Around 6,000 firefighters in London began voting this week in a ballot for industrial action in a dispute over new contacts. The workers are members of the Fire Brigade Union (FBU). The result of the ballot is due on September 17.
The London Fire Brigade (LFB) is planning to terminate the current working hours agreement and is demanding that firefighters sign new contracts or face the sack. According to the FBU, these include new start and finishing times to shifts, changing the shift pattern from two 9-hour days and two 15-hour nights to a flat 12-hour shift.
London Fire Brigade’s plans also reportedly include an immediate pay freeze, alongside the government’s own two-year pay freeze for all public sector staff.
A blog posting made by LFB commissioner Ron Dobson in July threatened all London firefighters with the sack “if no significant progress is reached” in negotiations. Dobson warned that a “formal consultation” may be considered which “may eventually involve termination of employment”.
In August, Dobson wrote to the FBU informing them that he was opening consultation on “terminating the contracts of these staff and offering to re-engage them on new contracts of employment.”
Unite trade union calls off planned strike at Coca Cola in London
This week the Unite trade union at Coca Cola’s plant in Edmonton, London called off a planned strike set for Wednesday. Workers at the factory are in dispute with the company over pay and recently rejected a 2 percent pay offer.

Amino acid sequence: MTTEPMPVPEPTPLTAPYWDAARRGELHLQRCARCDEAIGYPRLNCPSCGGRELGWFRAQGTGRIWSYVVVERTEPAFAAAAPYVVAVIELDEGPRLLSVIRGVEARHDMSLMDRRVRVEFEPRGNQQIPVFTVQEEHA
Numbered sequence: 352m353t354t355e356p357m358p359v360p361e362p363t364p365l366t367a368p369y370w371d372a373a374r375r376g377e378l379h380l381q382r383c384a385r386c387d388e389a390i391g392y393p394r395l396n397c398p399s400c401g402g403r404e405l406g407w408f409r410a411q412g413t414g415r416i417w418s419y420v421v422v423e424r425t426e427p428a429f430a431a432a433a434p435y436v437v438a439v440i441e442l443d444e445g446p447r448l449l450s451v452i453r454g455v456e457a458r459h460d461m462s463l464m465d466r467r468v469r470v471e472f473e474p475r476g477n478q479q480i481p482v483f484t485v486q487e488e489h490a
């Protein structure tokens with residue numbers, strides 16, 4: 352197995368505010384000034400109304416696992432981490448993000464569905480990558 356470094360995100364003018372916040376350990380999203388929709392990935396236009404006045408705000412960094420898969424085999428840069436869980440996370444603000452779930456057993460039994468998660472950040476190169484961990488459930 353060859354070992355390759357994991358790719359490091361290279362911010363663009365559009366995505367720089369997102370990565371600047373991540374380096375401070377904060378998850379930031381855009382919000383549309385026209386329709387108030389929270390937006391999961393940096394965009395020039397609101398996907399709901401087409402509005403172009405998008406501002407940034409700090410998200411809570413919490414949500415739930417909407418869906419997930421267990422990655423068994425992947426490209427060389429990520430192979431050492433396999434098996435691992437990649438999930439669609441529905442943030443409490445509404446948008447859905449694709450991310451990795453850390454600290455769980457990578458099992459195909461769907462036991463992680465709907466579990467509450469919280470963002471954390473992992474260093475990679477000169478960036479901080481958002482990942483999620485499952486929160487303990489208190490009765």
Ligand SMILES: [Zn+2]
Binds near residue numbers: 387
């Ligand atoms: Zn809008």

The 110 staff at the plant had voted 8-1 in favour of strike action to protest an offer that is 3 percent below inflation.
The Edmonton plant produces 2 million bottles of Cola every 24 hours. In the first six months of this year Coca Cola reported profits of £2.5 billion
Walsall, England: Bakers trade union calls off strike at Maple Leaf Bakery
Last week the Bakers Food and Allied Workers Union week called off a strike set to be held Friday by 150 workers at the Maple Leaf Bakery in Walsall, England.
The strike was called after 91 percent of employees voted for industrial action, rejecting a new pay deal. The Bakers Food and Allied Workers Union had recommended that its members accept the offer.
The union’s regional officer John Higgins said, “The sticking point was breaks and flexibility. Under the terms of what was being offered, the company would be able to send employees home before the end of their shift, if there was no work left.”